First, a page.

Map of the day

Posted: 5 September 2012 in Uncategorized
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American women were, on average, living 1.7 years longer in 2009 than they were in 1999. But, according to Bill Bishop and Roberto Gallardo [ht: db], that increase was realized in only a handful of rural and exurban counties. In a quarter of rural and exurban counties, women actually lived shorter lives in 2009 than in 1999.

The map for men is here.

One of the favorite targets of deficit-cutting fanatics is the Social Security program.

We shouldn’t forget that an important part of Social Security is the disability program, which (in 2009) paid 9.6 million Americans—4.6 percent of adults—who couldn’t work because of health problems an average of $1,064 a month.

But is disability is not uniform across the United States. As Bill Bishop and Roberto Gallardo [ht: db] explain, rates of disability are 80 percent higher in rural areas than in cities. Why?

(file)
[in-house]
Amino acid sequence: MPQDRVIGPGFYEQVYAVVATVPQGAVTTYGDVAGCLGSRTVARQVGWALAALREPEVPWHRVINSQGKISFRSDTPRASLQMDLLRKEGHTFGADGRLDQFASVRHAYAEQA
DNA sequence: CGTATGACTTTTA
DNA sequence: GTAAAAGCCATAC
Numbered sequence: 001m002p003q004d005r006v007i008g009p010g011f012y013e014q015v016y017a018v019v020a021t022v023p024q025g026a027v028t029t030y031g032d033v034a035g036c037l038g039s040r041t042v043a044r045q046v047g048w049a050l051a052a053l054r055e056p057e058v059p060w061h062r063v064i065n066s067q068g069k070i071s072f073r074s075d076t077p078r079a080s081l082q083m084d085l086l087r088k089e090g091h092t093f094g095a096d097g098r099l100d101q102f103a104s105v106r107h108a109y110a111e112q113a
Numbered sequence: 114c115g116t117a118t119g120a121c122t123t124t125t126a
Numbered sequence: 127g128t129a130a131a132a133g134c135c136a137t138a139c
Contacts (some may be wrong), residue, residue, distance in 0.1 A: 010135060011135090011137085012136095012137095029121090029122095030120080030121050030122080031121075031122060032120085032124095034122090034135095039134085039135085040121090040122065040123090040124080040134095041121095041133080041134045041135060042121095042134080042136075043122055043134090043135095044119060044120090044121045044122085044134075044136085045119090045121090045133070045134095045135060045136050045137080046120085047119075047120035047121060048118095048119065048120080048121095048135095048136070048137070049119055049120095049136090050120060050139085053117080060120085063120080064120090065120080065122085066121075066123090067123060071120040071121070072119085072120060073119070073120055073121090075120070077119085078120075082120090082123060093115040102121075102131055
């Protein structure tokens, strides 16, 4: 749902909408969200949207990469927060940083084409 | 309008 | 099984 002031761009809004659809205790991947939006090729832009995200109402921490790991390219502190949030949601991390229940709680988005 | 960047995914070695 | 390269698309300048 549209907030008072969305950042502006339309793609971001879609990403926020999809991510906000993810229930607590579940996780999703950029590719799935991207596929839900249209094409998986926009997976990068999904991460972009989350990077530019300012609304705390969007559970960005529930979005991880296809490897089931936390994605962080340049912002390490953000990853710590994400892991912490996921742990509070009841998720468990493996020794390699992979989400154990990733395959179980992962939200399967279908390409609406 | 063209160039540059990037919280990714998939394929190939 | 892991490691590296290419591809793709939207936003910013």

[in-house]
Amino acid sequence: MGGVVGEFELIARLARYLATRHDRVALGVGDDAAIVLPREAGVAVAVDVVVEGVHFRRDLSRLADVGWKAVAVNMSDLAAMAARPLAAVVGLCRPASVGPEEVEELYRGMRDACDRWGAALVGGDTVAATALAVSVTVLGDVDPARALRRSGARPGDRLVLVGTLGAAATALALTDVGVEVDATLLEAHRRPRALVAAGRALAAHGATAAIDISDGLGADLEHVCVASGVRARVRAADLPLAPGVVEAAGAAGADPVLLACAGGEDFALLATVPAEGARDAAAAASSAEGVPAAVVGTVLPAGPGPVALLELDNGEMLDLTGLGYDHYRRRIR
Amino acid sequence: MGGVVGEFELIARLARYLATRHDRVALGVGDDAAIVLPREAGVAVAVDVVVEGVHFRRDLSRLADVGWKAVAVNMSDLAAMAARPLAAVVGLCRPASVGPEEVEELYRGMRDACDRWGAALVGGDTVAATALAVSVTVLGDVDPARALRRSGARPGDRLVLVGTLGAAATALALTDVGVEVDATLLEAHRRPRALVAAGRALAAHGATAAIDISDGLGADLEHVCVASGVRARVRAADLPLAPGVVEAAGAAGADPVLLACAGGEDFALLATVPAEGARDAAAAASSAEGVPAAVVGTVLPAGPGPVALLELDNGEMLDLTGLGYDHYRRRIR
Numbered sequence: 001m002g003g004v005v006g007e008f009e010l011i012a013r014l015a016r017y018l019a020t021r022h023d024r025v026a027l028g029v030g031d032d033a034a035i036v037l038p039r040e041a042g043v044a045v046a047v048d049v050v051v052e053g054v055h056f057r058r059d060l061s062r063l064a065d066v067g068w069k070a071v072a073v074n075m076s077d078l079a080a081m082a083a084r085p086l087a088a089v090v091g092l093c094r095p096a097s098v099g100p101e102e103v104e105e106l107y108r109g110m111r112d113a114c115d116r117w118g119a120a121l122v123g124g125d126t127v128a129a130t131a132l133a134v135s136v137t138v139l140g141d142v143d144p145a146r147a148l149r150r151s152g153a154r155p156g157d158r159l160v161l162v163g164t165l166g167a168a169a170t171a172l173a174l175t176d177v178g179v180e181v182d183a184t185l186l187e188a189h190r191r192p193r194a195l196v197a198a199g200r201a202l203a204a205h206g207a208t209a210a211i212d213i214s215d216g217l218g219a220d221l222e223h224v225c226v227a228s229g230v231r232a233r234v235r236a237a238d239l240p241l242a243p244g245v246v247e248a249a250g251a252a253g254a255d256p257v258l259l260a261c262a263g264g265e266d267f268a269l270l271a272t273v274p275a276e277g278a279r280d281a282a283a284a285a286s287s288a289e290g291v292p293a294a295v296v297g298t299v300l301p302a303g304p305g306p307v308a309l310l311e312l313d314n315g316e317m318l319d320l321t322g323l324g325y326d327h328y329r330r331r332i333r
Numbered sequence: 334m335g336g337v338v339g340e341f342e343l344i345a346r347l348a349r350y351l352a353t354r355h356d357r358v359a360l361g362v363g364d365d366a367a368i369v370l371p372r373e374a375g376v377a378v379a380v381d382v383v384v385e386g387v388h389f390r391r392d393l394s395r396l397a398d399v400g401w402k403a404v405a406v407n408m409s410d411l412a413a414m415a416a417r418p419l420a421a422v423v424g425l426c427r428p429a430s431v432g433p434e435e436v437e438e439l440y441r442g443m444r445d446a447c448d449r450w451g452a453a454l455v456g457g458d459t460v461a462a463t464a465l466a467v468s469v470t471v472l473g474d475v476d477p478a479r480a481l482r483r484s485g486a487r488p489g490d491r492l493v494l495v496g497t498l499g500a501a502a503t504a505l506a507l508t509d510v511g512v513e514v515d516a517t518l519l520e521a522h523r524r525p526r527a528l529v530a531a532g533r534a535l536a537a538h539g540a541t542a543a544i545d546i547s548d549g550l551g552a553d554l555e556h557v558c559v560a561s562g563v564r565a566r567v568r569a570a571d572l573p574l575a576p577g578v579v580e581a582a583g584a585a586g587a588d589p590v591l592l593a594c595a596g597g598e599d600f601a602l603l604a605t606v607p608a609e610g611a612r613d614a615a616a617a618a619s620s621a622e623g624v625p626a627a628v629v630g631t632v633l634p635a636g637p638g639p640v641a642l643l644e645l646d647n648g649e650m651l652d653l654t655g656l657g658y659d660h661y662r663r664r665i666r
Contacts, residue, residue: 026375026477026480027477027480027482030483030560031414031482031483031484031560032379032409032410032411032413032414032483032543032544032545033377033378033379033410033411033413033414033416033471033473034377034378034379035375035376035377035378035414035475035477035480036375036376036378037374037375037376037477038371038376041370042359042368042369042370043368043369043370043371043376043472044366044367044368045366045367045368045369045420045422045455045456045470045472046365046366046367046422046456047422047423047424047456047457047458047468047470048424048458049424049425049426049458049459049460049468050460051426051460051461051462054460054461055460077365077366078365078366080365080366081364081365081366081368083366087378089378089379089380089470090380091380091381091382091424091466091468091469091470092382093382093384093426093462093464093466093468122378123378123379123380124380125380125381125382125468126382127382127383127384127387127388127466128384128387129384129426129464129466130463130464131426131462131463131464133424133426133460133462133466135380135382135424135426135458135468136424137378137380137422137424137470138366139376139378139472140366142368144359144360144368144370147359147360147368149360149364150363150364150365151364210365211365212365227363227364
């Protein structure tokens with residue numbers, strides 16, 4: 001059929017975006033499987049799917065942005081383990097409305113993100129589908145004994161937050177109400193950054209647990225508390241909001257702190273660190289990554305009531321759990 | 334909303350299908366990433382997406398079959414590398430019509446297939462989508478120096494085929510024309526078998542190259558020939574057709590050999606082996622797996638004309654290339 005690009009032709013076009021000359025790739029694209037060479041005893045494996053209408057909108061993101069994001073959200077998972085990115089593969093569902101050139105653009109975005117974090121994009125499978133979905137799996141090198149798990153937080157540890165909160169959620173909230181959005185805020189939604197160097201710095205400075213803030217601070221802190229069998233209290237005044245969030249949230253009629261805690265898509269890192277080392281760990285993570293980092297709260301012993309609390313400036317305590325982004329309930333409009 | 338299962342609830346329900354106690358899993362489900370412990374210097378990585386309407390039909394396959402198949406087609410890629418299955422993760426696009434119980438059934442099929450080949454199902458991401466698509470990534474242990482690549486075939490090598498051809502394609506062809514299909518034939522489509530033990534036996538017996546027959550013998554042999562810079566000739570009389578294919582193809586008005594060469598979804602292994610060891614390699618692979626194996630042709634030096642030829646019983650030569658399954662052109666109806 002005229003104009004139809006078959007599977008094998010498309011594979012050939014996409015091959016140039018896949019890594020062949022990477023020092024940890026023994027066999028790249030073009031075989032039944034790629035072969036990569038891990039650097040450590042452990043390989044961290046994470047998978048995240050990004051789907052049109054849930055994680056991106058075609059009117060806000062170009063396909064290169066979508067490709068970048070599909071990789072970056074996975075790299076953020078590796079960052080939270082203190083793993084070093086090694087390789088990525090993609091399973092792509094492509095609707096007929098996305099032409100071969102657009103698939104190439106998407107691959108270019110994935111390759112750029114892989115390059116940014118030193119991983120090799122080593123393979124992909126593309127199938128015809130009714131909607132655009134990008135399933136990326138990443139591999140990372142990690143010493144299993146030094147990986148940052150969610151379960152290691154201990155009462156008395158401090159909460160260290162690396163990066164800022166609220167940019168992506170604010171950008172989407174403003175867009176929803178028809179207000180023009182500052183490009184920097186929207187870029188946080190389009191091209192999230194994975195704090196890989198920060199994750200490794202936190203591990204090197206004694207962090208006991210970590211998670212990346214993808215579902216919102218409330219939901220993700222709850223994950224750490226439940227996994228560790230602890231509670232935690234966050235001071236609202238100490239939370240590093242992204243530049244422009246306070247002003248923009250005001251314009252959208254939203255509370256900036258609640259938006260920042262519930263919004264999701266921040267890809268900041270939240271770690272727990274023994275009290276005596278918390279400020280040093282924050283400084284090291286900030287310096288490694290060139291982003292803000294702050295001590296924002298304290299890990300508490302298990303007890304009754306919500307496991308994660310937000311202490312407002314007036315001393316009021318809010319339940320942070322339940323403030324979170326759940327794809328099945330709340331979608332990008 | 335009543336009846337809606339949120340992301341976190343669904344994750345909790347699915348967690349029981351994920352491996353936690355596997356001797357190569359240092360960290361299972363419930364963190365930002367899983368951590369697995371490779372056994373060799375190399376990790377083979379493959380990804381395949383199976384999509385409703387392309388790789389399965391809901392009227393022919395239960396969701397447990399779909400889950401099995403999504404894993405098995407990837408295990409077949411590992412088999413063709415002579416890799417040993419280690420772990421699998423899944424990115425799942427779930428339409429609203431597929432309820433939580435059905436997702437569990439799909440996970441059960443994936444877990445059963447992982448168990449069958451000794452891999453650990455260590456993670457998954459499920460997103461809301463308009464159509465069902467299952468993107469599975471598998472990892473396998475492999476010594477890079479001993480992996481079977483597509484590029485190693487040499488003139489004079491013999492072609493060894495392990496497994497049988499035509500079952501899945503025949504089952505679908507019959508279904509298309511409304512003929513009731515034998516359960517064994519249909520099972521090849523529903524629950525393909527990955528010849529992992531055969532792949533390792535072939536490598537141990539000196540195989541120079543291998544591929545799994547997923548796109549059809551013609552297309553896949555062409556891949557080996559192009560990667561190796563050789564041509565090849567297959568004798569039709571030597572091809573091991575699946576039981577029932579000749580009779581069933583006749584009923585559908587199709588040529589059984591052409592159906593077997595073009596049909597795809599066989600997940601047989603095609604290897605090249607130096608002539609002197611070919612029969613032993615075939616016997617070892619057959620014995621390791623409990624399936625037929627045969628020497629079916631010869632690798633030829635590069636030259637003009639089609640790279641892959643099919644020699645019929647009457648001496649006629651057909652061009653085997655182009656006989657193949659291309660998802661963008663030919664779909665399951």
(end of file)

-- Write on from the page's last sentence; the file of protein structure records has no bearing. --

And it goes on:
Disability payments are concentrated in counties where the jobs require manual labor and where unemployment is traditionally high. Mining and timbering are major industries in many of the counties with the highest percentages of disability beneficiaries. These are also counties with historically high rates of unemployment.

The latest report from the International Fund for Agricultural Development (IFAD) is about rural poverty. It would have been a much better report if it had focused on rural inequality.

As a report on rural poverty, it offers the usual diagnosis and remedies—in other words, agricultural development as usual. It focuses, as expected, on the extent of rural poverty in the world today (e.g., the fact that 1.4 billion people continue to live in extreme poverty, struggling to survive on less than US$1.25 a day, and more than two thirds of them reside in rural areas of developing countries) and strategies to move rural people out of poverty (e.g., by managing risk, promoting access to markets, and investing in education).